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Addressing mental health is critical to getting Americans back to work, Sage Therapeutics CEO says

Key Points
  • "We know factually now that the rates of depression, rates of anxiety and diagnoses are up two to three times and it's my hope that this is an important opportunity to reflect on how important mental health really is," Sage Therapeutics CEO Jeff Jonas said.
  • "We need to treat mental health like a physical illness, treat it urgently, in order to get people back to work and back to their families," he said in a "Mad Money" interview.
  • "For us to get back to work, for the world to recover ... we need vaccines, we need treatments, but people have to be able to function," Jonas said.
VIDEO2:1902:19
Sage Therapeutics CEO: Mental health is integral to returning to work

Mental health bouts have been on the rise amid the coronavirus pandemic and it's a critical issue that society must address as the U.S. economy recovers, Sage Therapeutics CEO Jeff Jonas told CNBC's Jim Cramer Thursday.

"We know factually now that the rates of depression, rates of anxiety and diagnoses are up two to three times and it's my hope that this is an important opportunity to reflect on how important mental health really is," Jonas, who has led the Massachusetts-based biopharmaceutical company since 2013, said in a "Mad Money" interview.

Sage Therapeutics develops novel medicines to treat physical and mental challenges.

"We need to treat mental health like a physical illness, treat it urgently, in order to get people back to work and back to their families."

As Americans grapple with the health, economic and racial crises that have been on top of everyone's mind since March, a study conducted by Boston University researchers, published in the medical journal JAMA Network Open, found that half of the adults surveyed reported some signs of depression. The rate is twice as high from a separate study conducted two years ago.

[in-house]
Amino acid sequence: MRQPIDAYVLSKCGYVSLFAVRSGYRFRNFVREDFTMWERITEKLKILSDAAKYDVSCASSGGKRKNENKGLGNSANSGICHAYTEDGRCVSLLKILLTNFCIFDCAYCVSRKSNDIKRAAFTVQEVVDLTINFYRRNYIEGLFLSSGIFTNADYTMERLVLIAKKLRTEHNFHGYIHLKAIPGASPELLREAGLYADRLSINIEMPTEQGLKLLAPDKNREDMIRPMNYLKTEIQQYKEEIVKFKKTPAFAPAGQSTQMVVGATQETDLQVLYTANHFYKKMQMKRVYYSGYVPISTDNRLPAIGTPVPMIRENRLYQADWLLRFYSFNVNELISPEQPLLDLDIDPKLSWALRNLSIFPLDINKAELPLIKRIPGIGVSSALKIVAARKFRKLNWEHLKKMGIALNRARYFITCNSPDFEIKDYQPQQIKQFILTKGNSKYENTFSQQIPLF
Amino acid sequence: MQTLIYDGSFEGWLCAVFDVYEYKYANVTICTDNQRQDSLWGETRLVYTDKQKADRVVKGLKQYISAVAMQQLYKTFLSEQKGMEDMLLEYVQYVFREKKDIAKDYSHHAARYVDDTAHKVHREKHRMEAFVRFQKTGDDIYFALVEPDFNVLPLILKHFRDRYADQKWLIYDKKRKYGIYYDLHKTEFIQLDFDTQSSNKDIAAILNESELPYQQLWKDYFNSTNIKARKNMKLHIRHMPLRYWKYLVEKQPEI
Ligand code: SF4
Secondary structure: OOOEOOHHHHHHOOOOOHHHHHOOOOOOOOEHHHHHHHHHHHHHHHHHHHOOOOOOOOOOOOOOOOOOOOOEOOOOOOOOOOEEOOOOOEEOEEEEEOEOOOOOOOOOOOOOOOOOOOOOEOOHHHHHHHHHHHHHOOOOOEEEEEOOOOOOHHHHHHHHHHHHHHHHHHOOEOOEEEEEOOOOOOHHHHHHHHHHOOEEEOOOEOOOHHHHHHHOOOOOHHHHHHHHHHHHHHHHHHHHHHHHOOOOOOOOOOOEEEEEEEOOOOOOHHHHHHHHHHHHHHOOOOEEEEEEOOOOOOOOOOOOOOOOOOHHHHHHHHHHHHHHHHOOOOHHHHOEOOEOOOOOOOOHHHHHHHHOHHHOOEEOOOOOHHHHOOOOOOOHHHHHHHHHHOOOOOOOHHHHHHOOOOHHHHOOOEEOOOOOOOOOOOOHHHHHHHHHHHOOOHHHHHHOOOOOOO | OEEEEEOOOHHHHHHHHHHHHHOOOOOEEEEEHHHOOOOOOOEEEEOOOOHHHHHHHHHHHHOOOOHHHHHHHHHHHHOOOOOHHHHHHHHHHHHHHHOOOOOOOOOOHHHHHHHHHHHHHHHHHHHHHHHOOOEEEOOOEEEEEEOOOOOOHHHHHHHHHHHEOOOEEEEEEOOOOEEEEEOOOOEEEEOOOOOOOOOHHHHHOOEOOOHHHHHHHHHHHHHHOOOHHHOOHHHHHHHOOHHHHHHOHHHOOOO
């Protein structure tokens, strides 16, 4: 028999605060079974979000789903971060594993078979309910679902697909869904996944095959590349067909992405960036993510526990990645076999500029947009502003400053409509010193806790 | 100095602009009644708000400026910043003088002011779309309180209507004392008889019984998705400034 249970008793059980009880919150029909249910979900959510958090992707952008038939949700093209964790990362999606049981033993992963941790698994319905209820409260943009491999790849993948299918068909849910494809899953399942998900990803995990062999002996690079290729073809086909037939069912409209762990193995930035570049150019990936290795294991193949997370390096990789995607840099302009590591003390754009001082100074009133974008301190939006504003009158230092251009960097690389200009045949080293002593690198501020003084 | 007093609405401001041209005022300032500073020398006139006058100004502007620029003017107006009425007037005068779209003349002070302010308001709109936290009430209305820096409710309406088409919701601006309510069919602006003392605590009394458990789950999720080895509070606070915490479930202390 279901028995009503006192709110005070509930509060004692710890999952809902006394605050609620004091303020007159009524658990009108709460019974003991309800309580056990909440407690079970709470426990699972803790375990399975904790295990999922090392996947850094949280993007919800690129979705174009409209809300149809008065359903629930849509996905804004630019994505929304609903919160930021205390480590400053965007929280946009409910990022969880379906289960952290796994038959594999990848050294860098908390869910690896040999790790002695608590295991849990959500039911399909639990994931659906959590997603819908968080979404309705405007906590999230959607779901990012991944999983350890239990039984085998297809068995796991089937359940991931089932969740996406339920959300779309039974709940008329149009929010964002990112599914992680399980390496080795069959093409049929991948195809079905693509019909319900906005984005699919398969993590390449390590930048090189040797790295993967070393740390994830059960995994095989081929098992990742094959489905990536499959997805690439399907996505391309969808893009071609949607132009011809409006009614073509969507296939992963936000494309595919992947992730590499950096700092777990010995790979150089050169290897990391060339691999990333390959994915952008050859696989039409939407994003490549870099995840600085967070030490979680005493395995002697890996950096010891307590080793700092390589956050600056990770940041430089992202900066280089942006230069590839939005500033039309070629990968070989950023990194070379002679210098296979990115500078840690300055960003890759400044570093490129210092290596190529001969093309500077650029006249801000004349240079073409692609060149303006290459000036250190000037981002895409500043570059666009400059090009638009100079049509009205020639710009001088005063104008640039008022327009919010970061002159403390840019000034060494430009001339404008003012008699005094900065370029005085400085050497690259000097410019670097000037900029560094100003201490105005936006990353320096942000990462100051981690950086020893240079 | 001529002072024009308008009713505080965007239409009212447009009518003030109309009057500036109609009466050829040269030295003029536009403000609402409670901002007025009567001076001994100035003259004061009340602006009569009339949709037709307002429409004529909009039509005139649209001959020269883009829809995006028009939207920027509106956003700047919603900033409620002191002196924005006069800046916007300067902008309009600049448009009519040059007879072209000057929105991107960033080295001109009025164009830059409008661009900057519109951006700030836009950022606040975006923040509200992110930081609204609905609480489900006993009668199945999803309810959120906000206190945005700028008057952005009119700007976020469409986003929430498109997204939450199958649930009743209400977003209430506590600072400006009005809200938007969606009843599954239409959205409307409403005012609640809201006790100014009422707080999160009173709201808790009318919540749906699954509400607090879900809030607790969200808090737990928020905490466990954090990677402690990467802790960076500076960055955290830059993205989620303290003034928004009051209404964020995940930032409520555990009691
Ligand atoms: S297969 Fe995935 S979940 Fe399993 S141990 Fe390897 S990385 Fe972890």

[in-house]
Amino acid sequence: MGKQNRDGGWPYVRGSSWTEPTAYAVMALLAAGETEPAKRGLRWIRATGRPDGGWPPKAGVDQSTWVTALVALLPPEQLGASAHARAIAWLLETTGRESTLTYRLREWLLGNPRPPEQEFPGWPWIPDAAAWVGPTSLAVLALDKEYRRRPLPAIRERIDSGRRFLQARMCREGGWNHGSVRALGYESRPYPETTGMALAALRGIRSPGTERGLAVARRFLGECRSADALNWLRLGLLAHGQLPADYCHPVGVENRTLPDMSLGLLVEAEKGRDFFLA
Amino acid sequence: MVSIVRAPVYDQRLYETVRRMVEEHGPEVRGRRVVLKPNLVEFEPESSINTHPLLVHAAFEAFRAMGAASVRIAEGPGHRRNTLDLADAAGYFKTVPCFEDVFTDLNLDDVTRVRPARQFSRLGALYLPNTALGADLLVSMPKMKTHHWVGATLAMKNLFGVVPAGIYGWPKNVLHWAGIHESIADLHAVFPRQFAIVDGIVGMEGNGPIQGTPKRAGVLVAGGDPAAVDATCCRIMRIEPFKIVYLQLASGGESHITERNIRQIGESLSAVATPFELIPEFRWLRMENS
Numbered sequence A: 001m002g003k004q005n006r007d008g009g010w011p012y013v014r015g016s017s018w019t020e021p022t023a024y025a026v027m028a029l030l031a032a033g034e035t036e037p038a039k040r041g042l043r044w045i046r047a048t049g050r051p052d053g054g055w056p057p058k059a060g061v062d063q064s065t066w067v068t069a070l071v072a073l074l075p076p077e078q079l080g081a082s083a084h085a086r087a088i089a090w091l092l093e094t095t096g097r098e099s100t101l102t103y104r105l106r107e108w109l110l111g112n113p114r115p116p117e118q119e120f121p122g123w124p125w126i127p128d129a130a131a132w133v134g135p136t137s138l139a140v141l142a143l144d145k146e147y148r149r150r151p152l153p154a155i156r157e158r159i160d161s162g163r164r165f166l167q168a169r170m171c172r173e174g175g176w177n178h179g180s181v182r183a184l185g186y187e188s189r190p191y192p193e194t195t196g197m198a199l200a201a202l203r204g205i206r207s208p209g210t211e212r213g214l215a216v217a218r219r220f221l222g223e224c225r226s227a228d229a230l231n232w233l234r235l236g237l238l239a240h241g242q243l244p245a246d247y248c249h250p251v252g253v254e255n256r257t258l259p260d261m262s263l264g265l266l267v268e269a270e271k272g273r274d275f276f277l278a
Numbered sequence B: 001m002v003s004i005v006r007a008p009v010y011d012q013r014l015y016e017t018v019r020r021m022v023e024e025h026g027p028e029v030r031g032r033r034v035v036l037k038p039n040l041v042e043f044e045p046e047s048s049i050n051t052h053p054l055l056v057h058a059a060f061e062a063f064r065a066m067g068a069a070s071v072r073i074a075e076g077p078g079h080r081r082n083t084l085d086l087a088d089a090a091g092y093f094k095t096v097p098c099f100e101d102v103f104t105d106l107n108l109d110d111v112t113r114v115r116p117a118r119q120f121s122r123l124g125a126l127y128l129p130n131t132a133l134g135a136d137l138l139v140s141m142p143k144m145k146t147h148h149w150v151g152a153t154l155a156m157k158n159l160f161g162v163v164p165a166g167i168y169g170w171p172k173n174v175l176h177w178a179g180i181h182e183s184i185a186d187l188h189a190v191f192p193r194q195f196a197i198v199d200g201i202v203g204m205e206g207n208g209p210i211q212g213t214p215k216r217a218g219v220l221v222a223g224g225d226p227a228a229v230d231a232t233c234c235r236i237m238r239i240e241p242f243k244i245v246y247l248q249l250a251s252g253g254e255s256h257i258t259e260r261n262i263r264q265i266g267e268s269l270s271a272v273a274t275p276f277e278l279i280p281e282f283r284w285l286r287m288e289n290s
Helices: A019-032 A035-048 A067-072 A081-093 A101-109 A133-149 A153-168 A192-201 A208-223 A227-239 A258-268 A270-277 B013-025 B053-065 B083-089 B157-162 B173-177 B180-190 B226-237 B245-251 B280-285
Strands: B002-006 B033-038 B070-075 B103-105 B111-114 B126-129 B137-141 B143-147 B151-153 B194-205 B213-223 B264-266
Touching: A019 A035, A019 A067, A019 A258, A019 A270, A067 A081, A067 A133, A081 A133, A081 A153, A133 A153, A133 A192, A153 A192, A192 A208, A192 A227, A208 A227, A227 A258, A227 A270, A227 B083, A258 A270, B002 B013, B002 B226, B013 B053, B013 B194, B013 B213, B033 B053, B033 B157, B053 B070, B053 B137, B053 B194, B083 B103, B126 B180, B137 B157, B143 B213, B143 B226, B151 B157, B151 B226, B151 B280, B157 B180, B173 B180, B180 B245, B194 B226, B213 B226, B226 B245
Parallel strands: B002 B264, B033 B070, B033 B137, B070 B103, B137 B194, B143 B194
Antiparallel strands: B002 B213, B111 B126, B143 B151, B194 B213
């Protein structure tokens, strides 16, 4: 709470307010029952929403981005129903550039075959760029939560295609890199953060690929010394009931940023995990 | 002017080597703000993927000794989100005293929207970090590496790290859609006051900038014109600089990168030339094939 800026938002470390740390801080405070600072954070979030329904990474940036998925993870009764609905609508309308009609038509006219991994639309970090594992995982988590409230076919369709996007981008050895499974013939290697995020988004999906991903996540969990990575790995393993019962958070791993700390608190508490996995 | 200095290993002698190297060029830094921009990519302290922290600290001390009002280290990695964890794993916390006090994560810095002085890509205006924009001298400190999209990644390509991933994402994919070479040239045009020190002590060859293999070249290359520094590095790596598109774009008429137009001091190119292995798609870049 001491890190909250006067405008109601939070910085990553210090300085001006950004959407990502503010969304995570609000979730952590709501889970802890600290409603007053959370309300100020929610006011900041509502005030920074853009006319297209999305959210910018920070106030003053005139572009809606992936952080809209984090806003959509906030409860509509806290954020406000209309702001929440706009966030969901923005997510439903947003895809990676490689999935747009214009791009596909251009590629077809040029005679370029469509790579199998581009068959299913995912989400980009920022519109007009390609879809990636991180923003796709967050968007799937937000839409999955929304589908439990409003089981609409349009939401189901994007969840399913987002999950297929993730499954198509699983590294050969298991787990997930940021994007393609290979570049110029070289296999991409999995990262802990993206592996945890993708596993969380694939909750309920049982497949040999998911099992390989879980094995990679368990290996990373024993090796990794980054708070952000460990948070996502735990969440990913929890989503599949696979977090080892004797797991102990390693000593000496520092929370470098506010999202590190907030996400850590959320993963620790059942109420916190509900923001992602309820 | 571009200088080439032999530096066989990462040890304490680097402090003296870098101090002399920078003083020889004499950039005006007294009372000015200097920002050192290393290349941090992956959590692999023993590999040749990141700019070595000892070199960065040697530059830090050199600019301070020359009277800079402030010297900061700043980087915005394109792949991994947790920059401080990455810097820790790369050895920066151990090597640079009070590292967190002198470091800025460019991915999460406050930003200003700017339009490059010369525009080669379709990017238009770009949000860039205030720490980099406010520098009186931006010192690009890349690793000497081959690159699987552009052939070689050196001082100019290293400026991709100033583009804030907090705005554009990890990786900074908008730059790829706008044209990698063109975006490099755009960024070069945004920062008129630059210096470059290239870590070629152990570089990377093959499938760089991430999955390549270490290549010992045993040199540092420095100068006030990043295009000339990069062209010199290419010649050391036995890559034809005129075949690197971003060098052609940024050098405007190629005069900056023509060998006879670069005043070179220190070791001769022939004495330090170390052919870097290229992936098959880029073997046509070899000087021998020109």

For some people, it stems from losing loved ones and the financial distress and social isolation the outbreak has caused. Experts say Americans are also feeling anxiety over the racial and political upheaval of the past few months, though the BU study was conducted before the recent tumult.

"There is no question that many people in the U.S. and worldwide are experiencing real and often distressing emotional reactions to the Covid-19 pandemic and, in some cases, to contracting the virus," said psychiatrist Dr. Ronald Pies, a retired professor at SUNY Upstate Medical University.

The comments from Jonas come on World Suicide Prevention Day, which is observed on the Sept. 10 each year.

With the U.S. unemployment rate above 8% and the economy tumbling through a very uncertain recession compounded by the virus outbreak, the number of people receiving jobless benefits ticked up week over week. First-time filings for unemployment benefits for the week of Sept. 5 came in at 884,000, worst than the 850,000 figure economists anticipated. The number of people receiving payouts for more than two weeks rose 93,000 to 13.385 million, according to the Labor Department, which updated how it records seasonally adjusted numbers.

"For us to get back to work, for the world to recover ... we need vaccines, we need treatments, but people have to be able to function," Jonas said. "National mental health should be an everyday priority."

VIDEO7:5607:56
Sage Therapeutics CEO on drugs in development, addressing mental health

-- The Associated Press contributed to this report.

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